Thursday, January 21, 2010
While the CDC reports a continued decline in H1N1 Swine flu activity, it nevertheless reported seven new pediatric deaths in the United States from the H1N1 swine flu for the week of January 3-9, 2010. Since the first case of the H1N1 swine flu last spring, the CDC reports a total of 300 pediatric deaths thus far in the United States. The CDC cautions that this number is likely to be an under-reporting since it is based on only laboratory confirmed pediatric deaths from the H1N1 swine flu. For this reason, for total deaths the CDC provides only a range of estimates. As of December 12, 2009 (the latest date for which information is available), the CDC's estimate of the total deaths from the H1N1 swine flu in the United States ranged from a low of 7,880 deaths to 14,460 deaths. The good news is that reported cases of both H1N1 swine flu and the regular seasonal flu are decreasing, though both types of flu are expected to continue to infect individuals for the next couple of months.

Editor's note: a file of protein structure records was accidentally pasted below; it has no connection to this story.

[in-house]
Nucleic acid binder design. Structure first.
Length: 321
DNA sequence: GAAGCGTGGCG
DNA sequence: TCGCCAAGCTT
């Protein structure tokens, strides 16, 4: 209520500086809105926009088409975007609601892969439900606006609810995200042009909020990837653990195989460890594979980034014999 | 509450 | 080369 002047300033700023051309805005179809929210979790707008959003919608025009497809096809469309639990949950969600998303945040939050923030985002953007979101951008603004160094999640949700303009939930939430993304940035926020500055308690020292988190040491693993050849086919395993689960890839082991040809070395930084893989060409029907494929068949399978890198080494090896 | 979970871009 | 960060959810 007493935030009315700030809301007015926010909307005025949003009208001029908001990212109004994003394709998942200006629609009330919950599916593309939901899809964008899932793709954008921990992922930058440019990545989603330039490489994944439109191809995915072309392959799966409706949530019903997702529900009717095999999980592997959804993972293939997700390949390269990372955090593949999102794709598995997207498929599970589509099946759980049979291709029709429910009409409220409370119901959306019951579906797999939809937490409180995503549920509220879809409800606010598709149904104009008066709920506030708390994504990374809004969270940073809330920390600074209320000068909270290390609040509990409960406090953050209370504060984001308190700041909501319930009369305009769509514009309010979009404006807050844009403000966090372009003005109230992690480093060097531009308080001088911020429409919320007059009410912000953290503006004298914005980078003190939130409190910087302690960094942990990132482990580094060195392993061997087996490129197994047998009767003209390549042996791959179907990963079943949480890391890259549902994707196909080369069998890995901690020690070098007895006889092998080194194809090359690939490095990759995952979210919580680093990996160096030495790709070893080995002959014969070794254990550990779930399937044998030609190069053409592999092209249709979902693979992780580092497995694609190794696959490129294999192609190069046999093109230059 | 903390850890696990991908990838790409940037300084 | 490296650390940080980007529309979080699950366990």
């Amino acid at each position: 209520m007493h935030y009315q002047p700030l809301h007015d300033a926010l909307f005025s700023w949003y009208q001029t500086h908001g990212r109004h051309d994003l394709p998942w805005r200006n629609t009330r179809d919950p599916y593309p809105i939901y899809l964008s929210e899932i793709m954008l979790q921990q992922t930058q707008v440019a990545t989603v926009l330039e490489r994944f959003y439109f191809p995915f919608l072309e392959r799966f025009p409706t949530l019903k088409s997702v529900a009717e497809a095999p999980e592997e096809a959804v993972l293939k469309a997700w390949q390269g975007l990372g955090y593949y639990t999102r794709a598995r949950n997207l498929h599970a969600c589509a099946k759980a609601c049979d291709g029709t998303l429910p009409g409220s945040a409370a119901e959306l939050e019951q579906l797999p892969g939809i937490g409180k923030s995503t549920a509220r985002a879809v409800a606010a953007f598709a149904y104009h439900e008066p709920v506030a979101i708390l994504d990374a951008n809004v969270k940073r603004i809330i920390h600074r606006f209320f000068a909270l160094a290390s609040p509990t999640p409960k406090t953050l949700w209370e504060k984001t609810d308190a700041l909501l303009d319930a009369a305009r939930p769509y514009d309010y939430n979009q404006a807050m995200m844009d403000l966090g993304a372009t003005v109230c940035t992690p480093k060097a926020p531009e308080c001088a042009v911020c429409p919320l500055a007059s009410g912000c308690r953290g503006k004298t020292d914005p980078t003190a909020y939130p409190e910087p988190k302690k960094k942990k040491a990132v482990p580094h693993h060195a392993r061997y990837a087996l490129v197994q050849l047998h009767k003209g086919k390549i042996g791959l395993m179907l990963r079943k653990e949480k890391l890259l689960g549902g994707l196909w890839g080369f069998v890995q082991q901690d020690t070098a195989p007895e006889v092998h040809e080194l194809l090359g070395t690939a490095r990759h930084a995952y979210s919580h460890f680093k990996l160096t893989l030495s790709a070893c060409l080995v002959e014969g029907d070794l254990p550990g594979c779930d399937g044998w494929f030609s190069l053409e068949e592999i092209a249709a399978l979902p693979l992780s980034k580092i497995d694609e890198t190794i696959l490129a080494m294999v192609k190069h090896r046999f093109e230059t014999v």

While an estimated 12,500 people worldwide died in 2009 from the H1N1 Swine Flu and billions of dollars were spent on a vaccine to halt its spread, another world-wide health epidemic already currently threatens over 2.5 billion people worldwide - and is increasingly spreading from such places as Mexico into the United States. This is the mosquito-born illness known as the Dengue Fever. Originally confined to Southeast Asia, because of globalization and climate warming, it is a disease that is rapidly spreading throughout the world. What is particularly alarming about the Dengue Fever are three of its characteristics: (1) infected individuals can travel from one country or state to another, and when bitten by a mosquito, can pass the disease on to other individuals bitten by the same mosquito; (2) in some cases, the death rate from the Dengue Fever has been as high as twenty percent; and (3) one's chances of severe complications or dying from the Dengue Fever rise as one is infected more than once.